IDEAS home Printed from https://ideas.repec.org/
MyIDEAS: Login to save this article or follow this journal

A New Keynesian IS curve for Australia: is it forward looking or backward looking?

  • Antonio Paradiso
  • Saten Kumar
  • B. Bhaskara Rao

This article estimates the forward looking, backward looking and an extended version of the New Keynesian IS curve for Australia. The validity of these models is investigated by imposing the constraint on real rate of interest as well as when the constraint is relaxed. Two measures of output gap, namely GAP1 (constructed using the unobserved components approach) and GAP2 (constructed using a quadratic trend) are utilized. Our results suggest that the baseline backward looking and forward looking models are overwhelmingly rejected by the data. This evidence strongly supports the extended backward looking model (with GAP2 ) being relevant for monetary policy analysis.

If you experience problems downloading a file, check if you have the proper application to view it first. In case of further problems read the IDEAS help page. Note that these files are not on the IDEAS site. Please be patient as the files may be large.

File URL: http://hdl.handle.net/10.1080/00036846.2012.718068
Download Restriction: Access to full text is restricted to subscribers.

As the access to this document is restricted, you may want to look for a different version under "Related research" (further below) or search for a different version of it.

Article provided by Taylor & Francis Journals in its journal Applied Economics.

Volume (Year): 45 (2013)
Issue (Month): 26 (September)
Pages: 3691-3700

as
in new window

Handle: RePEc:taf:applec:v:45:y:2013:i:26:p:3691-3700
Contact details of provider: Web page: http://www.tandfonline.com/RAEC20

Order Information: Web: http://www.tandfonline.com/pricing/journal/RAEC20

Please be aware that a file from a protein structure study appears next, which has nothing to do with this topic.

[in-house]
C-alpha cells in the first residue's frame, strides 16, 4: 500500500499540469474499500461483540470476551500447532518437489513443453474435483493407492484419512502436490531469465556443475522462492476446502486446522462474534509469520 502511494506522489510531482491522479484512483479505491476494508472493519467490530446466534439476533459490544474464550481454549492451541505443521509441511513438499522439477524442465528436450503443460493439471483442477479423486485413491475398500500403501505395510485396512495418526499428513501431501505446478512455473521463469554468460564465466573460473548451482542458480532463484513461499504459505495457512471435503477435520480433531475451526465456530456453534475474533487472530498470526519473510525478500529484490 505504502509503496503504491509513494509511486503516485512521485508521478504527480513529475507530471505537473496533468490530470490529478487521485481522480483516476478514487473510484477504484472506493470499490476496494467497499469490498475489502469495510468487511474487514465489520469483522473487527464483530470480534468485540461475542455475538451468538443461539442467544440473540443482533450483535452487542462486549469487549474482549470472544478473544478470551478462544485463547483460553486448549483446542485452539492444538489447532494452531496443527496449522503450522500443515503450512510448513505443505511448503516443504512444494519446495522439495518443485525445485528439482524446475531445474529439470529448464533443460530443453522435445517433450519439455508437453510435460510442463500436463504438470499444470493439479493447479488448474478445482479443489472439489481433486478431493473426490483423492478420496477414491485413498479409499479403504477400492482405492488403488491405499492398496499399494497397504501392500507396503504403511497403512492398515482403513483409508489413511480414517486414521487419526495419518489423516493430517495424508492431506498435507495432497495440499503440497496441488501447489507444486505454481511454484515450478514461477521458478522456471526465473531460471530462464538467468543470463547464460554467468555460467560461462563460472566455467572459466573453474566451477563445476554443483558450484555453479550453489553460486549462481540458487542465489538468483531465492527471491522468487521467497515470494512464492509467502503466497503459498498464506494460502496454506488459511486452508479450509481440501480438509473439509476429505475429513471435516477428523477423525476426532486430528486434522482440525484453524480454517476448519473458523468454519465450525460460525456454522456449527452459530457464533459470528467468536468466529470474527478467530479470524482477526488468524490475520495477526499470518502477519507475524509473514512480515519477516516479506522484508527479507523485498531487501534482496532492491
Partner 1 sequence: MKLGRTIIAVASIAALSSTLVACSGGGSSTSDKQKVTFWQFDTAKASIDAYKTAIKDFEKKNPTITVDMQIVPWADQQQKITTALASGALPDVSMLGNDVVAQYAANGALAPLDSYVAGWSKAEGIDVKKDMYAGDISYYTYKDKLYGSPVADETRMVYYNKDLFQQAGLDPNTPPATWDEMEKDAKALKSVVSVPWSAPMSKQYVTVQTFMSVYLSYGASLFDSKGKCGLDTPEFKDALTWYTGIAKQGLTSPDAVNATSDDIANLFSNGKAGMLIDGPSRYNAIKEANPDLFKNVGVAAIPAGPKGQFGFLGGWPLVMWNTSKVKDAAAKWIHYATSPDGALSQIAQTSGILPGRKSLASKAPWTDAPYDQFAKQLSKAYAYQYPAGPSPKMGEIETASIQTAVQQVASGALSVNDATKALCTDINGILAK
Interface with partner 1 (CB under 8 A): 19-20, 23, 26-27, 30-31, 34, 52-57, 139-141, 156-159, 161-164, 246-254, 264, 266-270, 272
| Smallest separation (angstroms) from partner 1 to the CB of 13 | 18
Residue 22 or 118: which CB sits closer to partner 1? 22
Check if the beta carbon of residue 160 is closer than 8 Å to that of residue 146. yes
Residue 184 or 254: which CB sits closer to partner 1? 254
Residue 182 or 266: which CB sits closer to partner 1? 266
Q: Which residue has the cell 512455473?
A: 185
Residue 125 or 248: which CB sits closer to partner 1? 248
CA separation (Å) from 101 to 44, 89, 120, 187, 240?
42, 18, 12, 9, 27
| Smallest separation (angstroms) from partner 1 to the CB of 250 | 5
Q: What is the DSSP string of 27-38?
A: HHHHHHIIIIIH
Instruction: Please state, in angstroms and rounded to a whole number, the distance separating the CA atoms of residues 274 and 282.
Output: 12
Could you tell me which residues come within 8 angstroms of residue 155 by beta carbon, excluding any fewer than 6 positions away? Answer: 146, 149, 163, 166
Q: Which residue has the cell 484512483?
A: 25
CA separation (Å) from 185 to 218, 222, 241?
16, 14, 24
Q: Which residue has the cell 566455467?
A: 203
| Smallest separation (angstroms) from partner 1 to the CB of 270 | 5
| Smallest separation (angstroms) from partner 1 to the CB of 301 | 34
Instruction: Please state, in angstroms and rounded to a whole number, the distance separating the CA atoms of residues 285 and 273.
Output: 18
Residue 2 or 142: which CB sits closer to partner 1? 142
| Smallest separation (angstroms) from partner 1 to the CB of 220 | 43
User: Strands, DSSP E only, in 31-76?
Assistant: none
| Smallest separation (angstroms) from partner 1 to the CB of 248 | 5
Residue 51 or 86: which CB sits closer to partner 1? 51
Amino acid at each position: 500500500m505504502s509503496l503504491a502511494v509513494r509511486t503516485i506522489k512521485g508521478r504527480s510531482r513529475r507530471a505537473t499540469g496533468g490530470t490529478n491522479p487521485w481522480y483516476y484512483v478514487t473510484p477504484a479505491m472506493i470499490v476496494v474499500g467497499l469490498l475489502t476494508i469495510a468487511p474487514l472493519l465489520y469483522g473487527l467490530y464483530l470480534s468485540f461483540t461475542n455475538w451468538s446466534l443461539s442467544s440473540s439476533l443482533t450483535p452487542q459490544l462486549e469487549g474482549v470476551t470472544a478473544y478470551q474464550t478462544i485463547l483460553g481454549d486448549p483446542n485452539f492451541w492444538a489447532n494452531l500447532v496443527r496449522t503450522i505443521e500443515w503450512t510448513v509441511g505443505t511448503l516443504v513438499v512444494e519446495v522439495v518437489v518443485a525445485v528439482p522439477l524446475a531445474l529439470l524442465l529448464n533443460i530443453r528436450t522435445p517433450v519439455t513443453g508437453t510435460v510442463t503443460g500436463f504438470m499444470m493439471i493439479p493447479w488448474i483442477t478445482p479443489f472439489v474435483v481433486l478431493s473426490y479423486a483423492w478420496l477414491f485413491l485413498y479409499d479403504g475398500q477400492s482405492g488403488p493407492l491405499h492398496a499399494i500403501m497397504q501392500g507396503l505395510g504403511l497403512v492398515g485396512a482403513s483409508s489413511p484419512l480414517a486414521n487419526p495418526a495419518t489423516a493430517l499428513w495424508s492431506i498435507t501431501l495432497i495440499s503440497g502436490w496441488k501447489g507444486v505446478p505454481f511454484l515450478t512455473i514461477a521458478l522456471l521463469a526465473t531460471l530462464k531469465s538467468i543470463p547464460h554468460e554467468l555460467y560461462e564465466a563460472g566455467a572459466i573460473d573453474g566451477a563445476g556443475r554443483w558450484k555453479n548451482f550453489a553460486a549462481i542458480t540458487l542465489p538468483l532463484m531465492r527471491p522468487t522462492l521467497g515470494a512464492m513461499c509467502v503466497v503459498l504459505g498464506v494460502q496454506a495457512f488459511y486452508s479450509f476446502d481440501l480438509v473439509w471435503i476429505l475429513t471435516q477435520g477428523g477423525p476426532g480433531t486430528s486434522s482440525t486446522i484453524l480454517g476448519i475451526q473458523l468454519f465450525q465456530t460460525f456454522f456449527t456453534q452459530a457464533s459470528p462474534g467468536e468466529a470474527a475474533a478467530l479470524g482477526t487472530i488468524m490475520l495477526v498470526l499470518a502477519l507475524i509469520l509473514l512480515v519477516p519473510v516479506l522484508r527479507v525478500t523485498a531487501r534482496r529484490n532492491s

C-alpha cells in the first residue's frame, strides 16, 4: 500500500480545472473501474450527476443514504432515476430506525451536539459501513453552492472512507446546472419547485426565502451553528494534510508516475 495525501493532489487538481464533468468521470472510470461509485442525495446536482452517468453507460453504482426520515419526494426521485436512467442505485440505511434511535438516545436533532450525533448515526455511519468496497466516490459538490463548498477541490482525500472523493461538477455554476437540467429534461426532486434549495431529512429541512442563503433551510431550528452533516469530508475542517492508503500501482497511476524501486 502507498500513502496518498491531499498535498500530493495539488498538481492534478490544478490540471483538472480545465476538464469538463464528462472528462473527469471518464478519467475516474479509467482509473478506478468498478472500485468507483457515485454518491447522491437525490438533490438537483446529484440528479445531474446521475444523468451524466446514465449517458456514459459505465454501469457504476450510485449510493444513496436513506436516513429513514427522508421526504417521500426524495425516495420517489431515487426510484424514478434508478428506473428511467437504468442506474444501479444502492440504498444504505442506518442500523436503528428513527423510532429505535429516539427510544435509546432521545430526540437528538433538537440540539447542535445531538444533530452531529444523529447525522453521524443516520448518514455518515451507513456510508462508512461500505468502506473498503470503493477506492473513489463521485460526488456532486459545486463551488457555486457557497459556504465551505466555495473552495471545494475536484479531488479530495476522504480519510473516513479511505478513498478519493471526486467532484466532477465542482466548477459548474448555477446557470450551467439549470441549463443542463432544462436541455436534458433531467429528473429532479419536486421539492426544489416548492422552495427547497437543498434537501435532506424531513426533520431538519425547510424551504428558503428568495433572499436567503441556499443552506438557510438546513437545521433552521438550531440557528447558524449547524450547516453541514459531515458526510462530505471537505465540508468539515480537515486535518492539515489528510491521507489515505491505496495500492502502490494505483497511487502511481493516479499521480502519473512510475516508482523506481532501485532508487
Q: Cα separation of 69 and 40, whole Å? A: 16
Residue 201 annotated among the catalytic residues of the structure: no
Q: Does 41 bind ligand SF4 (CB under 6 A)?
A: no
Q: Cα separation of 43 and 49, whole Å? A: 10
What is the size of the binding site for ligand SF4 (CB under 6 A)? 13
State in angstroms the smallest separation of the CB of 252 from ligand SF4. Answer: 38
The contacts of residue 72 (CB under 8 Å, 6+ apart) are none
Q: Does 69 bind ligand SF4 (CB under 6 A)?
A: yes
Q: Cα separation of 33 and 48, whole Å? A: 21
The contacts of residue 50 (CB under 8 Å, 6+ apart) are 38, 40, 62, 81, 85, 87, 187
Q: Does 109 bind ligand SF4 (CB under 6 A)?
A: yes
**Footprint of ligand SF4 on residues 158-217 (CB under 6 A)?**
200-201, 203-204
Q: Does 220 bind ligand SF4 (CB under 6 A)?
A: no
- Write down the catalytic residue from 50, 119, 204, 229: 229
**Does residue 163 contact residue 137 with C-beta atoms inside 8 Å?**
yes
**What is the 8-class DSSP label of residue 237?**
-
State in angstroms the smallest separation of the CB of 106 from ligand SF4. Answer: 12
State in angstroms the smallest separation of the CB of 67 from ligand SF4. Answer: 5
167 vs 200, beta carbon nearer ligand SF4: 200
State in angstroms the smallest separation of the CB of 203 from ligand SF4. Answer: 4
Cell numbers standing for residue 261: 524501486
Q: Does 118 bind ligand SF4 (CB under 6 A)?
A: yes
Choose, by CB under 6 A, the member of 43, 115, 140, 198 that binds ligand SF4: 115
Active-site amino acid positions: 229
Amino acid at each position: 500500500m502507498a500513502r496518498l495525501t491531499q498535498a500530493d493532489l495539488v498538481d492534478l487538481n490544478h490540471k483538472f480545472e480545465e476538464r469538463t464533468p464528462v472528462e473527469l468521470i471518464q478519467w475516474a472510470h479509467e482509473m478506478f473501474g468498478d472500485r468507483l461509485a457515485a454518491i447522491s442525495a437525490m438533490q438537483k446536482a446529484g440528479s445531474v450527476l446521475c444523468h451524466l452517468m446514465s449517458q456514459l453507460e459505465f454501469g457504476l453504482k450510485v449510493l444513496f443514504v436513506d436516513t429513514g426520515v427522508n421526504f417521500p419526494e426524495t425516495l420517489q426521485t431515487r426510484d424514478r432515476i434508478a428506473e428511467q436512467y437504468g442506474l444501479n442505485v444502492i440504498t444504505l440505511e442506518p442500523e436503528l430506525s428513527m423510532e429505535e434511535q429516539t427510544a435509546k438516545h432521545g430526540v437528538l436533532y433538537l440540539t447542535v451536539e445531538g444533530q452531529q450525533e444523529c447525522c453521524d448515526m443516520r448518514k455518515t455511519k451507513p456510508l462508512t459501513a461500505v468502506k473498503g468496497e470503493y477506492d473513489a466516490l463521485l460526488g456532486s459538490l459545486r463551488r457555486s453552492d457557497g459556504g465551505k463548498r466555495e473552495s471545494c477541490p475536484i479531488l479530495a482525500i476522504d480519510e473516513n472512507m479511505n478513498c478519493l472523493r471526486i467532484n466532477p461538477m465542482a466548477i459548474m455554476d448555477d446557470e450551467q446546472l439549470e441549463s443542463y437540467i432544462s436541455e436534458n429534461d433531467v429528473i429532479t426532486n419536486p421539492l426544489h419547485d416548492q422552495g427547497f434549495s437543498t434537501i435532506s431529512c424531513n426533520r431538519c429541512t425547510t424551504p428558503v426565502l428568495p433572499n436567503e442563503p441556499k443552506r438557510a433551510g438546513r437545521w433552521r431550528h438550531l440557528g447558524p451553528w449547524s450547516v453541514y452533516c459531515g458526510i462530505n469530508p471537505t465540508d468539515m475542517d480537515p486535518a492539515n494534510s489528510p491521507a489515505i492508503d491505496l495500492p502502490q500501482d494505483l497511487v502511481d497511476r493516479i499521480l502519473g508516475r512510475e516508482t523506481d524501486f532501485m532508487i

References listed on IDEAS
Please report citation or reference errors to , or , if you are the registered author of the cited work, log in to your RePEc Author Service profile, click on "citations" and make appropriate adjustments.:

as in new window
  1. Angel J. Ubide & Kevin Ross, 2001. "Mind the Gap; What is the Best Measure of Slack in the Euro Area?," IMF Working Papers 01/203, International Monetary Fund.
  2. Hansen, Lars Peter, 1982. "Large Sample Properties of Generalized Method of Moments Estimators," Econometrica, Econometric Society, vol. 50(4), pages 1029-54, July.
  3. Julian di Giovanni & Justin McCrary & Till von Wachter, 2009. "Following Germany's Lead: Using International Monetary Linkages to Estimate the Effect of Monetary Policy on the Economy," The Review of Economics and Statistics, MIT Press, vol. 91(2), pages 315-331, May.
  4. Svensson, Lars E.O., 1998. "Open-Economy Inflation Targeting," Seminar Papers 638, Stockholm University, Institute for International Economic Studies.
  5. Charles Goodhart & Boris Hofmann, 2005. "The IS curve and the transmission of monetary policy: is there a puzzle?," Applied Economics, Taylor & Francis Journals, vol. 37(1), pages 29-36.
  6. Hafer, R.W. & Haslag, Joseph H. & Jones, Garett, 2007. "On money and output: Is money redundant?," Journal of Monetary Economics, Elsevier, vol. 54(3), pages 945-954, April.
  7. Glenn D. Rudebusch, 2002. "Assessing Nominal Income Rules for Monetary Policy with Model and Data Uncertainty," Economic Journal, Royal Economic Society, vol. 112(479), pages 402-432, April.
  8. Andrews, Donald W K, 1993. "Tests for Parameter Instability and Structural Change with Unknown Change Point," Econometrica, Econometric Society, vol. 61(4), pages 821-56, July.
  9. Peersman, Gert & Smets, Frank, 1999. "The Taylor Rule: A Useful Monetary Policy Benchmark for the Euro Area?," International Finance, Wiley Blackwell, vol. 2(1), pages 85-116, April.